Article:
A truffle for the teacher

courtesy of Microsoft clip art (I opted not to use photo of my paper; I didn't want anyone to read it.)

Is there ever an age at which students no longer care what their teacher thinks about their work?  My answer is no.  I thought of this after reviewing the feedback filling the margins of a scene from my slowly evolving novel, which my instructor handed back to me this week.

The day after Valentine’s Day she walked into class carrying giant heart-shaped boxes filled with chocolate truffles, and passed them around the room several times.  She must have gotten a good deal on them, since giving a box of chocolates to one’s sweetheart the day after Valentine’s would be as inappropriate as going trick-or-treating the day after Halloween.

The instructor filled us with chocolates to put us in the proper mood to write a romantic scene. The alternative was to write a fight scene, which she assured us contained the same elements as a sensual scene. Hmm. From the critique I received, I’d say I’m not ready to write a romance novel. This scene seemed to cause more confusion and lead to more questions than any I’ve turned in so far. And that’s what got me thinking about whether there’s ever an upper age limit or a moratorium on disappointment over a school assignment that doesn’t make the grade.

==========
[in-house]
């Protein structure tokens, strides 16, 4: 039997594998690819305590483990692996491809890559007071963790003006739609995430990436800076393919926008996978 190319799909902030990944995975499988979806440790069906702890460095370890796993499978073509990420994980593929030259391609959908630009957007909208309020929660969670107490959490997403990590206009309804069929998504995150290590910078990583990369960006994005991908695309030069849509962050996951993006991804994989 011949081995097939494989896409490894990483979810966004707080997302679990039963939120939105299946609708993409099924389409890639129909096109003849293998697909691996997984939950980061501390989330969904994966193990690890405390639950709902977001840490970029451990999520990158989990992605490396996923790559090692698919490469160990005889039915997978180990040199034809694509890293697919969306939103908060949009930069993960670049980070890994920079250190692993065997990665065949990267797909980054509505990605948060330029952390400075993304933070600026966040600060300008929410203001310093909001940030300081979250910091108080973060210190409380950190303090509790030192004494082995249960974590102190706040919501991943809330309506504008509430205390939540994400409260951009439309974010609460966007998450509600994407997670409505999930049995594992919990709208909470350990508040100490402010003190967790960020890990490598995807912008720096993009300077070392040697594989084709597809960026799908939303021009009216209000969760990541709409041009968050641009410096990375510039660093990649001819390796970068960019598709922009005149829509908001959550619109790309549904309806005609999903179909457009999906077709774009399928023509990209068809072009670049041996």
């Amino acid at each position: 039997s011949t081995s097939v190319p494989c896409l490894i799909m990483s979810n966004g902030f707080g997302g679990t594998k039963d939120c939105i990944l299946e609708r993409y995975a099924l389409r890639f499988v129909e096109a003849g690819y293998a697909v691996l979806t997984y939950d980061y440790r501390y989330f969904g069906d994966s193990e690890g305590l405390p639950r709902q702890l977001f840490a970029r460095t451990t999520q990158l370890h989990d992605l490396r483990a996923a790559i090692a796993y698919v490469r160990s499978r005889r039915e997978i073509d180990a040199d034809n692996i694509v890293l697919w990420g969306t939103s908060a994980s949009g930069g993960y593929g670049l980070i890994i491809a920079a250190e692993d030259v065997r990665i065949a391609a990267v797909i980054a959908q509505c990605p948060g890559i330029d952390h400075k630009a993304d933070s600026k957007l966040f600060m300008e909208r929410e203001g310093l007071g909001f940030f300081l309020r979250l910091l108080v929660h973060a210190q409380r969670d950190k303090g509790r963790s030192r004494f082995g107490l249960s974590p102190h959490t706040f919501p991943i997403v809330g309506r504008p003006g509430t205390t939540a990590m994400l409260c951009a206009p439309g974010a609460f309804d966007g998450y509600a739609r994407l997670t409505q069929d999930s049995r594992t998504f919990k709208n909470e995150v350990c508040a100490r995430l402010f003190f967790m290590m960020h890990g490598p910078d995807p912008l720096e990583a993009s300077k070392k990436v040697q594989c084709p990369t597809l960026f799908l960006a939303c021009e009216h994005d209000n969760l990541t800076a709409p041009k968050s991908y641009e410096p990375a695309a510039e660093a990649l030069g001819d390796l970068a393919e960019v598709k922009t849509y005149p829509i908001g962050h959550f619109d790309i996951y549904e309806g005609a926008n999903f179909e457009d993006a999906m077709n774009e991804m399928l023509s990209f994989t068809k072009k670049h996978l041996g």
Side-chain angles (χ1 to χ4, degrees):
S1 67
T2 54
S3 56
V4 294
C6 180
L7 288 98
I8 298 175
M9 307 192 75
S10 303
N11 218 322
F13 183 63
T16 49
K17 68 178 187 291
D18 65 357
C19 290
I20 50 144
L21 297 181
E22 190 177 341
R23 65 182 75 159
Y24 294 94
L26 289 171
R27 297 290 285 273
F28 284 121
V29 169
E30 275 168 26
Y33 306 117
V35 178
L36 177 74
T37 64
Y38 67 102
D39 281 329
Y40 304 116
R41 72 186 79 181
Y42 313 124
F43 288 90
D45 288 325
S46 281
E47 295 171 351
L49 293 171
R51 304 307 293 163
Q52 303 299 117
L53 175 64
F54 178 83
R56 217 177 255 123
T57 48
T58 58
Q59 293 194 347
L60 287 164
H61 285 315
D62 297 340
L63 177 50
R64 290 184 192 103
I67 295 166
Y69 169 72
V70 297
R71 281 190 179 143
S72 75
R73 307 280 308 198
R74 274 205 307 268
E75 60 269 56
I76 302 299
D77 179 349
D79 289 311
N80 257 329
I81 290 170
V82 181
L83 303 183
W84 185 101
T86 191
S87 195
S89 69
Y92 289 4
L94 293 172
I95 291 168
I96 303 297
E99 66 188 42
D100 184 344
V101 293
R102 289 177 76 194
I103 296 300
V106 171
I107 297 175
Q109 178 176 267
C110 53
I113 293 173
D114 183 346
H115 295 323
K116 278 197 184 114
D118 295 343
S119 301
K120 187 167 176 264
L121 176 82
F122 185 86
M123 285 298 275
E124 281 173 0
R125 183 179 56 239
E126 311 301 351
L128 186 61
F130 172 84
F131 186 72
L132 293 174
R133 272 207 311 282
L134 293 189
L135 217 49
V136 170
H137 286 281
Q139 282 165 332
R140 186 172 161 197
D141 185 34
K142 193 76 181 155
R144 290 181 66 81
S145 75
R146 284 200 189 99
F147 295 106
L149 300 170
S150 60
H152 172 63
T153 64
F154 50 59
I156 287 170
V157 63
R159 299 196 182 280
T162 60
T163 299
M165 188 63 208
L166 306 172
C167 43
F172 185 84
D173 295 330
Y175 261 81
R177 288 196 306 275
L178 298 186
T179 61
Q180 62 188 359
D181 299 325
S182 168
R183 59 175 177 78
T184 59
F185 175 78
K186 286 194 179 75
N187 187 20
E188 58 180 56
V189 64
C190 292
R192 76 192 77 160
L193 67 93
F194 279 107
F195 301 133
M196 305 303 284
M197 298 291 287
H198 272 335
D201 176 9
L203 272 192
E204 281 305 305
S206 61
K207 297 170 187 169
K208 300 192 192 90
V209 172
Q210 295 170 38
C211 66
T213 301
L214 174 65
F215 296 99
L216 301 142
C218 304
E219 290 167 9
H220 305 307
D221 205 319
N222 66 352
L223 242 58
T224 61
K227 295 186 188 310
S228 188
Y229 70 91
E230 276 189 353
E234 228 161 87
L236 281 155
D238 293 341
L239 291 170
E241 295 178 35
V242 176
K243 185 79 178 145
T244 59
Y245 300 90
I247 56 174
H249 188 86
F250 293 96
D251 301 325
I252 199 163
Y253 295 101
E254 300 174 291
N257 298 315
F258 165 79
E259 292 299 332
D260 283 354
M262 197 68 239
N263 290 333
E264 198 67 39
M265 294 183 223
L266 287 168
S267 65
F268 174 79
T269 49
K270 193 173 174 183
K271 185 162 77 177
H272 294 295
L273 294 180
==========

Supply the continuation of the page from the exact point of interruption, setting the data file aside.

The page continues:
I researched the topic this morning. Over coffee, a friend who’s been studying photography with the same teacher for years, and who’s about five years older than me, assured me she hadn’t yet reached the age where the kind of feedback she receives doesn’t matter. Later in the day, I asked my dental hygienist, who’s taking classes to become a registered hypnotist after she retires, and she, too, said that she cares a lot about what her teacher thinks of her work.  I had lunch with a younger friend, a former colleague who is a nearly perpetual student, whom I didn’t need to ask, because I remembered that when we worked together she always let me know when a teacher praised her work and when she received an A grade.

With “lifelong learning” the buzzword for this era and with people of all ages taking classes on every subject imaginable, imagine the power all those teachers have to stir up our emotions.  Let’s hope that we don’t all get negative feedback on the same day.

About stillalife

I retired June 30, 2010 after working for 40 years in the field of education and most recently doing school public relations/community outreach in a mid-size urban school district. I wrote for superintendents and school board members. Now I'm writing for me and I hope for you. In this blog, I offer my own views coupled with the latest research on how to preserve our physical and mental health as we age, delve into issues most of us over 50 can relate to like noticing wrinkles and forgetting where we left our keys, discuss the pros and cons of different ways to engage our minds and bodies after we leave the workplace, and throw in an occasional book review, all peppered with a touch of humor, irony, and just plain silliness. Also, I'm on the third draft of my second novel since retirement.
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1 Response to A truffle for the teacher

  1. Dick Clark says:

    Really good insight–it is also true that a good teacher never stops trying to please students

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